Some development boards are designed for ease of use, but they ignore things like mounting holes that are needed to provide consistent and reliable connections in industrial applications. Many peripheral boards simply rely on the interface headers to provide the electrical connection as well as physical stability. This tends to be a non-issue when using the system on a workbench, but it can lead to major problems in the field. For instance, when using prototypes in the field, shock, vibration, dust, and so on may become problematic.

Power and power sources are areas that will need to be examined when moving a design to production. Particular points of attention include power to the main board and power distribution to peripherals.

Transitioning to Products

These days designers are more cognizant of semiconductor availability. The general availability issues arise with Arduino-based solutions. However, a range of similar chips often can be used when building a new solution from scratch. The board schematics for these platforms are readily available and distributed as open-source hardware. Thus, they could be used as the basis for a customized printed circuit board (PCB).

Creating a custom PCB is a reasonable approach for Arduino platforms at the chip level, but not necessarily for Raspberry Pi platforms. The reason is that system-on-chip (SoC) processors used on the Raspberry Pi aren’t generally available to companies that don’t crank out tens of thousands or millions of products. It’s possible to get similar chips, but additional hardware and software changes would be required, and they could be significant.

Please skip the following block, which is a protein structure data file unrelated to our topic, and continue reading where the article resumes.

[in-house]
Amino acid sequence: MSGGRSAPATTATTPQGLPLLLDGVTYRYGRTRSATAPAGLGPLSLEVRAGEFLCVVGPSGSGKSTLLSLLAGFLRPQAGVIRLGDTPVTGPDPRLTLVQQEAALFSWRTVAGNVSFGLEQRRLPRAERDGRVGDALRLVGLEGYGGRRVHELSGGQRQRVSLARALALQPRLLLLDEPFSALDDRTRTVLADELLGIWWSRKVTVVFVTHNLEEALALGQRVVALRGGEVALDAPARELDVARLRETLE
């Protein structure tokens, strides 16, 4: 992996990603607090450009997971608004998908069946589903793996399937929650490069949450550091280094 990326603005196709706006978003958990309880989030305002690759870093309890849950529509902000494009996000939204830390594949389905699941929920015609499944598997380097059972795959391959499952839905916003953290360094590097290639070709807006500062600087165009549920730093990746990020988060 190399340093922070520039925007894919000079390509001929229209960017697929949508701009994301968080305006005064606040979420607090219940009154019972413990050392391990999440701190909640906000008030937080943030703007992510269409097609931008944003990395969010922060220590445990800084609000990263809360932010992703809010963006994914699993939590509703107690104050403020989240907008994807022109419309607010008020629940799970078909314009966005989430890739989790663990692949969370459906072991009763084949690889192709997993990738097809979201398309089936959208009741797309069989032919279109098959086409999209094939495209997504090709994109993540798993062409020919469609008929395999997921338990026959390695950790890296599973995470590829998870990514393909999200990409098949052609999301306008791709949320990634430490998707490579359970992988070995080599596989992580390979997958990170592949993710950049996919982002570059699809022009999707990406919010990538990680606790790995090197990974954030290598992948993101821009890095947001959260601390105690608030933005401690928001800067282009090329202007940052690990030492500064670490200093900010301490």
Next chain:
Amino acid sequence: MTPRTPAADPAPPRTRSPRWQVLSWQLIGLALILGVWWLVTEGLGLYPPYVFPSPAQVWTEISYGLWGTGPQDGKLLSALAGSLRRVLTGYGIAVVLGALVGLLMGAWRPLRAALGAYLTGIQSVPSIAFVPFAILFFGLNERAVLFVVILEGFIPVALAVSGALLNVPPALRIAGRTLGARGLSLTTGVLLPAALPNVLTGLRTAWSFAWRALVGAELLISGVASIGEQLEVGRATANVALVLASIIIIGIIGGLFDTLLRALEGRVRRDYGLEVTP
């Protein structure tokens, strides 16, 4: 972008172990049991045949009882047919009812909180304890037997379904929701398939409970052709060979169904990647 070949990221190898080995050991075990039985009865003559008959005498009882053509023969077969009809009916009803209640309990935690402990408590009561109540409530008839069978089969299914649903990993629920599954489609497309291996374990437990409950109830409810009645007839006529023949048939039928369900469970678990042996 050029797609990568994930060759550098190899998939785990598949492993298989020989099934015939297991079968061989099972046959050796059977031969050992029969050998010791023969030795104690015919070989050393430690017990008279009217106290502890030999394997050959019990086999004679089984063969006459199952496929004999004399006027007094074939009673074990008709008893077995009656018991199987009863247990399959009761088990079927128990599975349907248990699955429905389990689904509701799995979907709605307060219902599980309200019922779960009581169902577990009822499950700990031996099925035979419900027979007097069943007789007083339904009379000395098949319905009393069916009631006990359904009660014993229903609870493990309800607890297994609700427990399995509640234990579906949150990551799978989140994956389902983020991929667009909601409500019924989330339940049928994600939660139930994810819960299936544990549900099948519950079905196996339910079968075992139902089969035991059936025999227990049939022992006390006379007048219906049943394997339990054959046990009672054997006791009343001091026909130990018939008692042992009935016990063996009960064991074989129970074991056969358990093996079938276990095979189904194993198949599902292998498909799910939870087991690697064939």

One alternative is to utilize a Raspberry Pi Compute Module. This computer-on-module (COM) uses the same processors but lacks the connections, thus requiring a standard socket instead (Fig. 3). The Compute Module 3+ (Fig. 3a) and Compute Module 4 (Fig. 3b) are currently available in two different form factors. The former plugs into an SODIMM socket and has two mounting holes to keep things stable.

The Raspberry Pi Compute 3+ (a) and Compute 4 (b) are COM systems designed for industrial carrier boards.
The Raspberry Pi Compute 3+ (a) and Compute 4 (b) are COM systems designed for industrial carrier boards.
Figure 3. КThe Raspberry Pi Compute 3+ (a) and Compute 4 (b) are COM systems
designed for industrial carrier boards.

Underneath the smaller-form-factor Compute Module 4 is a pair of high-density sockets. The inclusion of a wireless module simplifies the design for some applications. The module measures only 40 × 55 mm while providing more capacity, performance, and features.

Arduino has recognized that providing a more rugged solution is useful for both production as well as prototyping. The Arduino Portenta family is an industrial-grade system-on-module (SOM) that comes with Linux already installed in flash (Fig. 4).

The Arduino Portenta platform is an example of an Arduino platform design for industrial applications.
Figure 4. The Arduino Portenta platform is an example of an Arduino platform
design for industrial applications.